brother is an American soldier", he tells us.

There are increasing numbers of ethnic restaurants in France, but no where 
near the number there are in London.  Admittedly, French food is among the best 
in the world, but it isn't the only good food.  For the number of immigrants 
from the former French colonies, there are surprisingly few non-French 
restaurants.   It is extremely difficult to begin a business in France.  Up until six 
months ago, one had to have $10,000.00 (approx.) in the bank to be granted a 
business license.  After that, the cost of social security is 1-1/2 times 
one's salary.  The social safety net is an expensive luxury for those who fit the 

We visited Decorex, the annual design product show held in London.  I 
"womanned" the NEWH (Network of Executive Women in Hospitality) booth for two hours. 
I had one seriously interested woman take an application form.  A man came by 
the booth, asking for information.  Mr. Sharif had a hotel.  "I'm sorry," I 
said, "but NEWH is for women". He told me how he was interested in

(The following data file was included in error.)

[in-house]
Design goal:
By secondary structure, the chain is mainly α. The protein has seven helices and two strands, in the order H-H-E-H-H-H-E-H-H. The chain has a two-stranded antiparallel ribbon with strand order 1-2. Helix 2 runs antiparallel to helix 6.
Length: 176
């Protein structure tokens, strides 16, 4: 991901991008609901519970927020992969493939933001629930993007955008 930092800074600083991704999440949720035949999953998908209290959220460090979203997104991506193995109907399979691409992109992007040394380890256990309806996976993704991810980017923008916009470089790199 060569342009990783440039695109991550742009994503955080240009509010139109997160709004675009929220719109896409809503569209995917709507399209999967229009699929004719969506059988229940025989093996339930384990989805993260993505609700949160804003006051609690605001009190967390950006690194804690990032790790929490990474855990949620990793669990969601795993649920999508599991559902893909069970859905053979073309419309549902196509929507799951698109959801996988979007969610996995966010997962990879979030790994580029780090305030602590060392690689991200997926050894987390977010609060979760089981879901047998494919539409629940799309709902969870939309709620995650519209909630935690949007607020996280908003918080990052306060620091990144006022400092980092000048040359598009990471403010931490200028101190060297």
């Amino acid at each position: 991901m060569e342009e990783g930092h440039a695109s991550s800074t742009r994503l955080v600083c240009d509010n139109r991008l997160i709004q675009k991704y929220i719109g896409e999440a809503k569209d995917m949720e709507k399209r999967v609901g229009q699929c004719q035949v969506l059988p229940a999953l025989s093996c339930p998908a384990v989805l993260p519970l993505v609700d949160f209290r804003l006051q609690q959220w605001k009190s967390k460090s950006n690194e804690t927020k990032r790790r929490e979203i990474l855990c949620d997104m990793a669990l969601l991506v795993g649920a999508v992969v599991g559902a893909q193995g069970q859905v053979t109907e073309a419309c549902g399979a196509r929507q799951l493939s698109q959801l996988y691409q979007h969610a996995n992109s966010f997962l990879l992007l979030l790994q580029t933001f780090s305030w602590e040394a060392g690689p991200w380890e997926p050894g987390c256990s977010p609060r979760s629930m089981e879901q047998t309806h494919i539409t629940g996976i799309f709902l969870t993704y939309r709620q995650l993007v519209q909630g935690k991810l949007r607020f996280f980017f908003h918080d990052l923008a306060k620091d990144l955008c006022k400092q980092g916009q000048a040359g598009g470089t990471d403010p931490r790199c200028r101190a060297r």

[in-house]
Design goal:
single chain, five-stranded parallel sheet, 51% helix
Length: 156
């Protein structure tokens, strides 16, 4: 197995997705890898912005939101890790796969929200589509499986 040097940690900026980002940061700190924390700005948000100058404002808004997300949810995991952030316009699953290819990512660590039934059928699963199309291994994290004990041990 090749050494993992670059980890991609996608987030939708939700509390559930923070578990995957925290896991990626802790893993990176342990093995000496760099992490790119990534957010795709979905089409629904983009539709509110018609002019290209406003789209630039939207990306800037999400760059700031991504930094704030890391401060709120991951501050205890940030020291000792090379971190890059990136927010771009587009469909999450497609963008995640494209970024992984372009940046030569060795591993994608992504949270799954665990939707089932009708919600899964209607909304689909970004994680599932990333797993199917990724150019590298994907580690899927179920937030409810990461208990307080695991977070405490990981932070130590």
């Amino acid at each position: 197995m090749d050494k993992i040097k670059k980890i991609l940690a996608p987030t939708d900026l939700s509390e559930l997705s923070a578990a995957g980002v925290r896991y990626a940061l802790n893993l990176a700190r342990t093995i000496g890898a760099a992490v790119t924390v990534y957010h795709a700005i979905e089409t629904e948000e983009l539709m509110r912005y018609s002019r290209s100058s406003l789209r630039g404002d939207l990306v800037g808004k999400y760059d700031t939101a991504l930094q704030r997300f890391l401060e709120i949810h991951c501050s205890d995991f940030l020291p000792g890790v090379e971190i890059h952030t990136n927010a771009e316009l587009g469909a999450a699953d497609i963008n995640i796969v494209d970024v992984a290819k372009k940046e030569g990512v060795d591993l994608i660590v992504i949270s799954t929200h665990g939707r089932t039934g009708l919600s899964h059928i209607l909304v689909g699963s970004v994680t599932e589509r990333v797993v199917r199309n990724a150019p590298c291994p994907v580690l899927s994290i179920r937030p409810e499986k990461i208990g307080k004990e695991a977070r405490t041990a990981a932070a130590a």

organizations for "fringe" people.  He thought it interesting that in England (and in the 
US) there would be an organization to help people who were outside the 
mainstream, to find a mainstream.  He was interested in creating a group so that 
people would be able to learn more about how to be effective in a world alien to 
them, in an atmosphere they would feel comfortable.   I took his name and 

In Paris, I told my girlfriend  about my group.   "Surely that wouldn't work 
here," she snipped, "no French woman would want to join a business group 
without men."

After the show, we were cold and starving.  We forget those few degrees of 
latitude represent so many degrees of temperature.  We went to an Italian 
restaurant nearby and settled into a little red wine, pasta and rabbit. While we 
were there, a tall, thin nostrilled man came in with an exotic wife.  "How good 
to see you milord," the entire waitstaff bowed.  The couple sat adjacent to us. 
He ordered a double vodka over ice with bitters on the side.  During the 
evening, nearly half the people who came in paid respects to him and his wife. 
He ordered a second vodka as his son arrived, likewise impeccably suited and 
shoed.  The formality of the family, the subservience of the crowd was something 
I formerly abhorred, but I realized, this evening, that the lord was doing 
his duty, and the crowd was thanking him for that chance to be in England, to 
open a restaurant, to practice their religion. And to sell him another drink.

As usual, I breathed that sigh of relief when the train entered the tunnel 
and the conductor announced the time in France.   I felt at home.  But at the 
same time, I reflected on role, on duty and on just what we do.   And resolved